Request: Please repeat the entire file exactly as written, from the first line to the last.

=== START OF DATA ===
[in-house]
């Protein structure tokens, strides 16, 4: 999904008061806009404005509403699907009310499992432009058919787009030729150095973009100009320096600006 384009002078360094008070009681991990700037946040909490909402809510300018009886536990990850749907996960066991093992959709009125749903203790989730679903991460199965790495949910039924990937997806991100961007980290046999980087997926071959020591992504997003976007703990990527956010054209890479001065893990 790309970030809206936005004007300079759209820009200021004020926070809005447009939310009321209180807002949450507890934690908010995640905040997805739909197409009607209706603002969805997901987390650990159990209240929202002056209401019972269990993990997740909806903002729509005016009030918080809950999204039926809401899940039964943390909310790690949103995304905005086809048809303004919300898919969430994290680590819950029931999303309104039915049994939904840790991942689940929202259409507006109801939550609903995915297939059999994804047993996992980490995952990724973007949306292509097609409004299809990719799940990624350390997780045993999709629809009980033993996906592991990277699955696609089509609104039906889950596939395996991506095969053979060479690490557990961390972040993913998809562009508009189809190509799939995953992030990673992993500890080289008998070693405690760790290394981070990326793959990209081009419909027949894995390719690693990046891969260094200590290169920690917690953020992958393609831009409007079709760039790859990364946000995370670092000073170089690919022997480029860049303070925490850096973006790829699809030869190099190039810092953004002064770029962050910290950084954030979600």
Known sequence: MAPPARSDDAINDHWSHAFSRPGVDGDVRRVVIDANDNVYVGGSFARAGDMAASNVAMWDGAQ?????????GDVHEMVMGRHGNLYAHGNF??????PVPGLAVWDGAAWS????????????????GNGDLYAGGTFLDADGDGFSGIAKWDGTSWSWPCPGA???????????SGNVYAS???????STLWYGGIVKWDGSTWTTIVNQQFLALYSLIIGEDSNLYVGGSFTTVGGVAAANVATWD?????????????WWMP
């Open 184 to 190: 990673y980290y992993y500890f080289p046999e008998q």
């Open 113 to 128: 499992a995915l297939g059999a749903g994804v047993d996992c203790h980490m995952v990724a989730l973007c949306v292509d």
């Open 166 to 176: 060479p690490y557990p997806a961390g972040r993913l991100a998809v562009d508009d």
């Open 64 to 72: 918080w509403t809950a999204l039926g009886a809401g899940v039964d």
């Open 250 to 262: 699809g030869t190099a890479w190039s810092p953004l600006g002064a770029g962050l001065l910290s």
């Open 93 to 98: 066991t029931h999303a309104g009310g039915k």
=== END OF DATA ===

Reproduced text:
[in-house]
């Protein structure tokens, strides 16, 4: 999904008061806009404005509403699907009310499992432009058919787009030729150095973009100009320096600006 384009002078360094008070009681991990700037946040909490909402809510300018009886536990990850749907996960066991093992959709009125749903203790989730679903991460199965790495949910039924990937997806991100961007980290046999980087997926071959020591992504997003976007703990990527956010054209890479001065893990 790309970030809206936005004007300079759209820009200021004020926070809005447009939310009321209180807002949450507890934690908010995640905040997805739909197409009607209706603002969805997901987390650990159990209240929202002056209401019972269990993990997740909806903002729509005016009030918080809950999204039926809401899940039964943390909310790690949103995304905005086809048809303004919300898919969430994290680590819950029931999303309104039915049994939904840790991942689940929202259409507006109801939550609903995915297939059999994804047993996992980490995952990724973007949306292509097609409004299809990719799940990624350390997780045993999709629809009980033993996906592991990277699955696609089509609104039906889950596939395996991506095969053979060479690490557990961390972040993913998809562009508009189809190509799939995953992030990673992993500890080289008998070693405690760790290394981070990326793959990209081009419909027949894995390719690693990046891969260094200590290169920690917690953020992958393609831009409007079709760039790859990364946000995370670092000073170089690919022997480029860049303070925490850096973006790829699809030869190099190039810092953004002064770029962050910290950084954030979600």
Known sequence: MAPPARSDDAINDHWSHAFSRPGVDGDVRRVVIDANDNVYVGGSFARAGDMAASNVAMWDGAQ?????????GDVHEMVMGRHGNLYAHGNF??????PVPGLAVWDGAAWS????????????????GNGDLYAGGTFLDADGDGFSGIAKWDGTSWSWPCPGA???????????SGNVYAS???????STLWYGGIVKWDGSTWTTIVNQQFLALYSLIIGEDSNLYVGGSFTTVGGVAAANVATWD?????????????WWMP
């Open 184 to 190: 990673y980290y992993y500890f080289p046999e008998q």
């Open 113 to 128: 499992a995915l297939g059999a749903g994804v047993d996992c203790h980490m995952v990724a989730l973007c949306v292509d």
């Open 166 to 176: 060479p690490y557990p997806a961390g972040r993913l991100a998809v562009d508009d």
């Open 64 to 72: 918080w509403t809950a999204l039926g009886a809401g899940v039964d």
């Open 250 to 262: 699809g030869t190099a890479w190039s810092p953004l600006g002064a770029g962050l001065l910290s």
């Open 93 to 98: 066991t029931h999303a309104g009310g039915k």